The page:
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Ocoee, Fire Fighters Union reach contract agreement

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Norine Dworkin

Editor in Chief

Tuesday, October 3, 2023


Norine Dworkin/VoxPopuli

A quick, smooth negotiation process yielded a collective bargaining agreement that satisfies both the city and the fire fighters' union.

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Updated Oct. 5, 2023

The Ocoee city commission late last month, as part of its consent agenda, ratified a new three-year collective bargaining agreement (CBA) between the city and the Professional Fire Fighters Local 3623, which represents Ocoee's fire fighter/paramedics/EMTs. The new CBA became effective October 1. It expires Sept. 30, 2026.

“It’s a fair agreement,” Professional Fire Fighters Local 3623 President Chris Atalski said in a phone interview. Atalski, an engineer, responsible for driving fire trucks, said the majority of union members voted in favor of the CBA.


The new CBA is noteworthy on a number of levels. Negotiated over eight meetings within six months, this CBA came together in record time. The momentum allowed union leaders to present members with a new contract for a vote before the old one expired for the first time in 10 years. Atalski said they “made history.” (The last CBA (2017-2020) took two and a half years to negotiate and had expired by the time it was signed.) 

“We had some 14 hour bargaining days. There were several nights we did not get out of city hall until nine o’clock,” he said.

Fire Chief Tom Smothers told VoxPopuli he was "happy" with the CBA. "I'm very happy with what everybody got and happy to have it in place before they voted." 

Atalski credits the city’s negotiator, Assistant City Manager Craig Shadrix, for keeping the process moving.

“Craig continued to show us that he was motivated to get this signed and ready. I don't want to say he pushed us, but he just let us know he wanted it done instead of dragging it on like [the last negotiator] would. It was good for all of us to hear and see that the city was eager to get a contract signed.”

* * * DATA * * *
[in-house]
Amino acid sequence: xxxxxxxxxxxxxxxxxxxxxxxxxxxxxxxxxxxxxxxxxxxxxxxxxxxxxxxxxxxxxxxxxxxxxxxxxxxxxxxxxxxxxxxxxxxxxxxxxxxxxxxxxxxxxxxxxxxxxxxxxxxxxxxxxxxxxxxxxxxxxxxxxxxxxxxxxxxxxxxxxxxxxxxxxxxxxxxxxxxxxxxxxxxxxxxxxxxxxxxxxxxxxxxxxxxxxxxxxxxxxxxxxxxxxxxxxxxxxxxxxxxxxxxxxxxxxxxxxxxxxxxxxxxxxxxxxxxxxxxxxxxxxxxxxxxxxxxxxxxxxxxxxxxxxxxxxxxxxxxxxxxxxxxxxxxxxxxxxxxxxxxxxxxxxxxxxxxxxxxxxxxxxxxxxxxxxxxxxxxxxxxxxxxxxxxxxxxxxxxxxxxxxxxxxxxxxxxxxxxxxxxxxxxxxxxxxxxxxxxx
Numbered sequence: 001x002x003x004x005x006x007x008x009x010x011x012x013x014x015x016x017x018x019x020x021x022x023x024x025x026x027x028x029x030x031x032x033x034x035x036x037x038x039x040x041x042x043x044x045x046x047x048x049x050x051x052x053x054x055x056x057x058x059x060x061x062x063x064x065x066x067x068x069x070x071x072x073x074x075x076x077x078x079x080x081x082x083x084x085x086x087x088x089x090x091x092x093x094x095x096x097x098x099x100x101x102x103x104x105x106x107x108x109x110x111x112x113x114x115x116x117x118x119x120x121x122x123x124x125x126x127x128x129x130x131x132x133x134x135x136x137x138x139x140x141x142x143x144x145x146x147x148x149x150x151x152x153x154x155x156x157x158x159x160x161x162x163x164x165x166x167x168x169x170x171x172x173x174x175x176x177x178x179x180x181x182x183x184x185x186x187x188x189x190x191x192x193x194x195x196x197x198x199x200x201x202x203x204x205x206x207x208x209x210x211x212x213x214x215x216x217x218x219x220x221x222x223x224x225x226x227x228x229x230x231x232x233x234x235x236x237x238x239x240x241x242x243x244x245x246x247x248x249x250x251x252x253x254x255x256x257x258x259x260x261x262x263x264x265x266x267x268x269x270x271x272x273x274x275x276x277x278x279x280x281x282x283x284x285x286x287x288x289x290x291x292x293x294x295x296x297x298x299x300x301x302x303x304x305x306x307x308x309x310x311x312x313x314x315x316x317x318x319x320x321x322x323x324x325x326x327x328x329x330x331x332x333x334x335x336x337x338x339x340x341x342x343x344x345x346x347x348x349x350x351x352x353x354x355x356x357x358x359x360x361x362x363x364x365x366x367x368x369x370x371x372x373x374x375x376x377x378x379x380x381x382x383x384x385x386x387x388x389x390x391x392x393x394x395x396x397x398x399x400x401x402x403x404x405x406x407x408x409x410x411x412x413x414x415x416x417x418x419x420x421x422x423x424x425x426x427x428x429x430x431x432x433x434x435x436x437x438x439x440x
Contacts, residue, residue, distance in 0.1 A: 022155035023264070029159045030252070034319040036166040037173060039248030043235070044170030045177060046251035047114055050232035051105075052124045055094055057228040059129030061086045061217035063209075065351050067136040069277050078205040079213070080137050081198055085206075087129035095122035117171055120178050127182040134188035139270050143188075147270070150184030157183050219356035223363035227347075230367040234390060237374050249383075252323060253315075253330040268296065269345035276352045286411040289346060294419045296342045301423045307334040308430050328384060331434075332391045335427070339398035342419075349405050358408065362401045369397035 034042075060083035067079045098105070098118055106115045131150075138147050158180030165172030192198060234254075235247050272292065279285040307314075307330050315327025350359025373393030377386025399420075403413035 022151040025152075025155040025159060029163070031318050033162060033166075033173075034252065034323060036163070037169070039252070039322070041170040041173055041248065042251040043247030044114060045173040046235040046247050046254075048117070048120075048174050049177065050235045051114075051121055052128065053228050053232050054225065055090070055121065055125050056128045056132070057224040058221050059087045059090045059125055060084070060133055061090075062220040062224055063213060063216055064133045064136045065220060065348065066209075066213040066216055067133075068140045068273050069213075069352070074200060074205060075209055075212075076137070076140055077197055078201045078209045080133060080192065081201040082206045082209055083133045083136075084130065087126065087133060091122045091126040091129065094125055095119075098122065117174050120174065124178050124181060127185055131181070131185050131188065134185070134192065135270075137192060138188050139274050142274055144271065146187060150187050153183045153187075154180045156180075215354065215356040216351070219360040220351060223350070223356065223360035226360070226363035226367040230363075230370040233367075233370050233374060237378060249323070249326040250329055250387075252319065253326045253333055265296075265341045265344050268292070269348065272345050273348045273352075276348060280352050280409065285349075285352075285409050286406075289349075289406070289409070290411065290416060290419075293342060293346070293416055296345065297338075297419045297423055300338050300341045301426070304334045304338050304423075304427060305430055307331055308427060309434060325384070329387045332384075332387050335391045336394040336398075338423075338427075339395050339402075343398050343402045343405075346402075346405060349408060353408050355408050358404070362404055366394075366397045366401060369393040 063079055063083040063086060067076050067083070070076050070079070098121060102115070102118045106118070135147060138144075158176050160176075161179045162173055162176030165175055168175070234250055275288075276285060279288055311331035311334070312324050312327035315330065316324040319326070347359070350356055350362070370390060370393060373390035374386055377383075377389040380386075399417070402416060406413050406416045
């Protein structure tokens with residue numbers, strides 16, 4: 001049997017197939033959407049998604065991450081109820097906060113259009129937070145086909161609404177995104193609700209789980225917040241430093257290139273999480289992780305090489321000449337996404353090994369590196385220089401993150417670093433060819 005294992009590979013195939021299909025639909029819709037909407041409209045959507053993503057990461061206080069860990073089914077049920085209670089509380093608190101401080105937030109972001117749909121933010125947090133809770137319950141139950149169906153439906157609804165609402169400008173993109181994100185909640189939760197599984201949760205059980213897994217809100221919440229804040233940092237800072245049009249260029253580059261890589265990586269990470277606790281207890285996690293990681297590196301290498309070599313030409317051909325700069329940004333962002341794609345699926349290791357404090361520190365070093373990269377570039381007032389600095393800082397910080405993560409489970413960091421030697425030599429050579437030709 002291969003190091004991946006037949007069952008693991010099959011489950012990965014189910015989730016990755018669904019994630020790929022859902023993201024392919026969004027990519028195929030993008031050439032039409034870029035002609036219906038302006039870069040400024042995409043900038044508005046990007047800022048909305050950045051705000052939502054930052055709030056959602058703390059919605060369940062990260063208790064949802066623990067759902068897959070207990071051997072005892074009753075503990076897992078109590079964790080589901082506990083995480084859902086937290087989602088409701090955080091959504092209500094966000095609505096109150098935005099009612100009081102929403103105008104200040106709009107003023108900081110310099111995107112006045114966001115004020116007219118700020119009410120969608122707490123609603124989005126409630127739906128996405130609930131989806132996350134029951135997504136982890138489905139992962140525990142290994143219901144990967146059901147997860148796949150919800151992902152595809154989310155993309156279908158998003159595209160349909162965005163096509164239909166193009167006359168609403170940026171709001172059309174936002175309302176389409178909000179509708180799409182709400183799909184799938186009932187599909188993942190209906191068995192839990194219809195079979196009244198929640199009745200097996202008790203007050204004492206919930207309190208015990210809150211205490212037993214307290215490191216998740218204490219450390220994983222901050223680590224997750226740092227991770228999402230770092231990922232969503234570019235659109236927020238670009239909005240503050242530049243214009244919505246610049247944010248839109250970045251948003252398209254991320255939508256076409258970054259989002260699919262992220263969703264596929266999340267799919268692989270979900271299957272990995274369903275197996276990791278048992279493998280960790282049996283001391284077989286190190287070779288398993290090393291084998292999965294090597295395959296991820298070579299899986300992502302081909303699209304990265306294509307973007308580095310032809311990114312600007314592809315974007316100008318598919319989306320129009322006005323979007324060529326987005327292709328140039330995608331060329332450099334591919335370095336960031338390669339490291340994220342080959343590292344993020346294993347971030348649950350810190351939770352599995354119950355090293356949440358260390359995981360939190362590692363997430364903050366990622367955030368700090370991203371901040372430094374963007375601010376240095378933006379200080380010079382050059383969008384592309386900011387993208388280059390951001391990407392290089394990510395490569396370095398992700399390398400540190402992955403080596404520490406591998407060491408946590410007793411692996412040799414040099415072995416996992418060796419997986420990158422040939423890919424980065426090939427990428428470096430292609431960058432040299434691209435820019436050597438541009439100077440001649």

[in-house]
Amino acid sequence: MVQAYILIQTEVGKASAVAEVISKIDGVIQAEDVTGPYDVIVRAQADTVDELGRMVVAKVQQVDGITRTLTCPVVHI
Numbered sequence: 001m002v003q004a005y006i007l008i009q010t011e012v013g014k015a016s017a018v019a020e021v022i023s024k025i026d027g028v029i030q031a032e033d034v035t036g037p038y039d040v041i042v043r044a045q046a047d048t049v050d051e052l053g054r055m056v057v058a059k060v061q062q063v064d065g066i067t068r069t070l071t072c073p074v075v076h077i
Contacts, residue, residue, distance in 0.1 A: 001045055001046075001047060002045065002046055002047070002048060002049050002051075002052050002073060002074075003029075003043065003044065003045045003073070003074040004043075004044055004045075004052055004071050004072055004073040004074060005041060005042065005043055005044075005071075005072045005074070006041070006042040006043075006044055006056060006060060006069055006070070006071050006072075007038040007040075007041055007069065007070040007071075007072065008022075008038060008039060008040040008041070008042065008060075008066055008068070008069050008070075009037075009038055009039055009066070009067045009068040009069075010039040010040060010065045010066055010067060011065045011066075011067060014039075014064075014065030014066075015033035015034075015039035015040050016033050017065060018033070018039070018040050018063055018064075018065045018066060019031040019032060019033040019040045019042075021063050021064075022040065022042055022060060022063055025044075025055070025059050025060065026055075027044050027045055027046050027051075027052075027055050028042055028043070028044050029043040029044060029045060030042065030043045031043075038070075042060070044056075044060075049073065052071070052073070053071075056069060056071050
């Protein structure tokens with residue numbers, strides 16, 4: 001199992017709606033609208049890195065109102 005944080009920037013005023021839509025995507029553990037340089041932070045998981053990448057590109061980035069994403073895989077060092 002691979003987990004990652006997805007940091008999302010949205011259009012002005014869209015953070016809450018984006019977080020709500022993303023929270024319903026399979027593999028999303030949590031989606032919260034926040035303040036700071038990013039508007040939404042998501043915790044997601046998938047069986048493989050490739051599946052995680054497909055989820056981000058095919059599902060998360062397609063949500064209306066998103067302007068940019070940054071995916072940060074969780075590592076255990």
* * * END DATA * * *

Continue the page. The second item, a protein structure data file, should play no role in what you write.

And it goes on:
Shadrix told VoxPopuli he was pushing to get the CBA completed ahead of the 2023-2024 budget vote. 

“For the first time in as long as I can remember, we got it done before the budget got adopted," he said. "I feel genuinely bad that they weren't getting raises when everybody else was. You know, these guys lay their life on the line, they're taking care of people that are in distress emotionally, physically. They have kids and they're not getting raises and they're still having to get up and come to work. So that was really important to me.”

Negotiations were also free of the acrimony that characterized prior bargaining sessions. (The 2020-2023 CBA negotiations became so intractable, a special magistrate was called. The union and city finally reached an agreement on the last day they could settle on their own and signed it December 17, 2021, nearly 15 months late.)

“The secret was they did it without lawyers,” District 3 Commissioner Richard Firstner, who served as Ocoee fire chief for 14 years, told VoxPopuli. “Craig Shadrix led the negotiations, and they trusted him.”

Shadrix said fielding a completely new negotiating team was "by design," and he believes it helped. 

“Obviously neither side trusts one another because of how things have gone the past 10 years. I wanted to spend a lot of time listening to them, and they actually engaged in a perfect dialogue with us … They were willing, after we got through the first two or three meetings, they really were rolling their sleeves up with us and trying to figure things out. We ended up with something we both could live with. I thank them tremendously. It felt really good to get up and shake everybody's hand."

“Craig showed he was willing to understand what the problem was and have a solution or a resolution to it,” Atalski said. “It was nice to have our words listened to because we’re just so used to [the city] not caring.”